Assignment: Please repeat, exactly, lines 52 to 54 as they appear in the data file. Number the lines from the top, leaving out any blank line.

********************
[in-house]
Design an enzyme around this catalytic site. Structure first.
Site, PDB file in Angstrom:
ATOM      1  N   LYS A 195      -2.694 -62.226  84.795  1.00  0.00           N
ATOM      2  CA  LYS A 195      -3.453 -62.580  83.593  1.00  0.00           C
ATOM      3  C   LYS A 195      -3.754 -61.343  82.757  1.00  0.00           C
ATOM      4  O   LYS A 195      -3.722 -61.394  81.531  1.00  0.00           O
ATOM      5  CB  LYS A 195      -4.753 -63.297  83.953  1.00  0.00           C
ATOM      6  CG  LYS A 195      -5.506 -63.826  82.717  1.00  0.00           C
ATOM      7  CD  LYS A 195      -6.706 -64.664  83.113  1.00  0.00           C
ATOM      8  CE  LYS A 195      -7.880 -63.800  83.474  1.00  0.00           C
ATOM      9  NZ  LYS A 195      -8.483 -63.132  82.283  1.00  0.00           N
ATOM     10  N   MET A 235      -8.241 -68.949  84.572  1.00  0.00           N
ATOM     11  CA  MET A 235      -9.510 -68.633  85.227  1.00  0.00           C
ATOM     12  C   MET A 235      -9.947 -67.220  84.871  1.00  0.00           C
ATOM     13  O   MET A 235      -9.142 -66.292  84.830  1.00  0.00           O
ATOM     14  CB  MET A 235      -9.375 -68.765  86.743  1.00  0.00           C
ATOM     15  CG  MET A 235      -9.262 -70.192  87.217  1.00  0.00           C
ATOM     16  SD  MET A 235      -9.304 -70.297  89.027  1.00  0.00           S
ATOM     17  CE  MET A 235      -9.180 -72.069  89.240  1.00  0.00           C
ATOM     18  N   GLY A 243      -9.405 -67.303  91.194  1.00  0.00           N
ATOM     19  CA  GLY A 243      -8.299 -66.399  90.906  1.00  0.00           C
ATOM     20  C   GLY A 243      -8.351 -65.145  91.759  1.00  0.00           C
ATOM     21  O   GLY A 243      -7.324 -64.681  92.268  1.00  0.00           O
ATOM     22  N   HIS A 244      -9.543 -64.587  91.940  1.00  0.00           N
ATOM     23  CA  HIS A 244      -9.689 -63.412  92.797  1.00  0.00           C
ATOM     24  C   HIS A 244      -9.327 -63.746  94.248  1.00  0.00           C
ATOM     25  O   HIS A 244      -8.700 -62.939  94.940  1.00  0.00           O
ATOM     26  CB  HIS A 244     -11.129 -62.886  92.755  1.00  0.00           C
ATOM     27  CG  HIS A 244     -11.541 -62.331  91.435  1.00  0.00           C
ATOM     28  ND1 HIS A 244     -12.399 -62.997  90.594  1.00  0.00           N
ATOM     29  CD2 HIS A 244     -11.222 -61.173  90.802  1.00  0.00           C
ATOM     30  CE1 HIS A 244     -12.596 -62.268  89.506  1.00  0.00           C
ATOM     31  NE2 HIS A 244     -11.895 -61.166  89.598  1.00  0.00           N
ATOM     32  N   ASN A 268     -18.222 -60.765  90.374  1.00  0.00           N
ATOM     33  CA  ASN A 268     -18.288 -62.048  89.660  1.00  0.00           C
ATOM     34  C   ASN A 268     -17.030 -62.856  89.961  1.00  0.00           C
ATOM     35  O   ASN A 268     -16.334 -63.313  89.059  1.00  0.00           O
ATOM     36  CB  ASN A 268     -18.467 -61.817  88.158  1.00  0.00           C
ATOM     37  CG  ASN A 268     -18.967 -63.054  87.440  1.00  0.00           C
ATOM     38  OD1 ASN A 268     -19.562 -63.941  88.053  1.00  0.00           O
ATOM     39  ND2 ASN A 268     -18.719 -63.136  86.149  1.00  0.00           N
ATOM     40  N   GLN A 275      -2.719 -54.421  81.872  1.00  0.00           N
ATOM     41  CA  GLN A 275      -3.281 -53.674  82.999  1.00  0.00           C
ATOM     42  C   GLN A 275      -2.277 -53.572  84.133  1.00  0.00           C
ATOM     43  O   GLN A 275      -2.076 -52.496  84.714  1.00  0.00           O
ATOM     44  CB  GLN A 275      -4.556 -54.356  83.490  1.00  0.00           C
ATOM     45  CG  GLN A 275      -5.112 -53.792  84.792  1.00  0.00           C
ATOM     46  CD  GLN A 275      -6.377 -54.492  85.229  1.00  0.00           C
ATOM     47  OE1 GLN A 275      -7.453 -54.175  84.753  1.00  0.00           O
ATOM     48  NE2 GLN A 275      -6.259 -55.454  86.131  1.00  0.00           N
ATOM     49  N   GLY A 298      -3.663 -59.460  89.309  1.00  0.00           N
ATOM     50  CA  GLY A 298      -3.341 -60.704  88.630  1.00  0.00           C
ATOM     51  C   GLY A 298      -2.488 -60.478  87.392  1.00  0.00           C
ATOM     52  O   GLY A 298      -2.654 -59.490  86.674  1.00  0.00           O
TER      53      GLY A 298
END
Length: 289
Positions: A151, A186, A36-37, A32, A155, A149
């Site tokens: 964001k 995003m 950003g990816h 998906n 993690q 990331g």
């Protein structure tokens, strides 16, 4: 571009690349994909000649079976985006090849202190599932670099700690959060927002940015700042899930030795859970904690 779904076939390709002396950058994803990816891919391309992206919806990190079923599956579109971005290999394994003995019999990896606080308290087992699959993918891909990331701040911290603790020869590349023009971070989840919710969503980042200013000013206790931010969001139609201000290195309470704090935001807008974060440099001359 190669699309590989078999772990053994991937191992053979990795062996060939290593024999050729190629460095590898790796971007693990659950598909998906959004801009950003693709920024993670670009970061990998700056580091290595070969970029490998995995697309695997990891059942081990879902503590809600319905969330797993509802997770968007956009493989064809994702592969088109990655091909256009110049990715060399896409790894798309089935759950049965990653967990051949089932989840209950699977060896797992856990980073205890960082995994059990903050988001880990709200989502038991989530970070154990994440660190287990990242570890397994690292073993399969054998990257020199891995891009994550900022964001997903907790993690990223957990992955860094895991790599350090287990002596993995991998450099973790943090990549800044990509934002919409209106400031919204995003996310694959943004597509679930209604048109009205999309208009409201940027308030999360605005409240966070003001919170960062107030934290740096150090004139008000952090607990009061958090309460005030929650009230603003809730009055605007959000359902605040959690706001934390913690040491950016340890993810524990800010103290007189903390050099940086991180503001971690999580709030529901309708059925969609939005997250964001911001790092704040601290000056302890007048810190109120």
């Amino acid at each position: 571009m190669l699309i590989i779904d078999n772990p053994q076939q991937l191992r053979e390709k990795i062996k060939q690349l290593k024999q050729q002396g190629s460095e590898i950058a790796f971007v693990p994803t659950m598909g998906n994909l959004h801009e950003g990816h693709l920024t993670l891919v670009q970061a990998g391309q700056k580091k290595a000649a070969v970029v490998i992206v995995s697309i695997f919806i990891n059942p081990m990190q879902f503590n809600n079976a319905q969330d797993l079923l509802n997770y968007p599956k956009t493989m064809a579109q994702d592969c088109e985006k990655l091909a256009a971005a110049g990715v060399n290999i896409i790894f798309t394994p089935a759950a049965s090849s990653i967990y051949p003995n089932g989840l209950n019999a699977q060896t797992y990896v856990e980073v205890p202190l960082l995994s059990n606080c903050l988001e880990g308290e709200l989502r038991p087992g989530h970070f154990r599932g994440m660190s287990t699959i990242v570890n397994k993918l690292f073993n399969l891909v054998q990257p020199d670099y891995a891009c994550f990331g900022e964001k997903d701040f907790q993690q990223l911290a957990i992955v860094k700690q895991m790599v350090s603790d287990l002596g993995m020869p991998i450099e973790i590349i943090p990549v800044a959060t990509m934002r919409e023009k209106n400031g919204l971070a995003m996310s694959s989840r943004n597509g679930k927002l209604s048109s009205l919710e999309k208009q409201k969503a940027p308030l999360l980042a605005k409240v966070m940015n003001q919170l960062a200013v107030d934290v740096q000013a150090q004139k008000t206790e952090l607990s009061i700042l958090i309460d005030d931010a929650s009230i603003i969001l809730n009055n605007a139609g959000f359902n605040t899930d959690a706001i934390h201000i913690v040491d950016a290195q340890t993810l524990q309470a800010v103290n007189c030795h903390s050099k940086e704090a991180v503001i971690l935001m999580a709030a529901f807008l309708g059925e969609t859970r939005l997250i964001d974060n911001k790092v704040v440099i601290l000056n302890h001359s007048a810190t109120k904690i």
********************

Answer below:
ATOM     49  N   GLY A 298      -3.663 -59.460  89.309  1.00  0.00           N
ATOM     50  CA  GLY A 298      -3.341 -60.704  88.630  1.00  0.00           C
ATOM     51  C   GLY A 298      -2.488 -60.478  87.392  1.00  0.00           C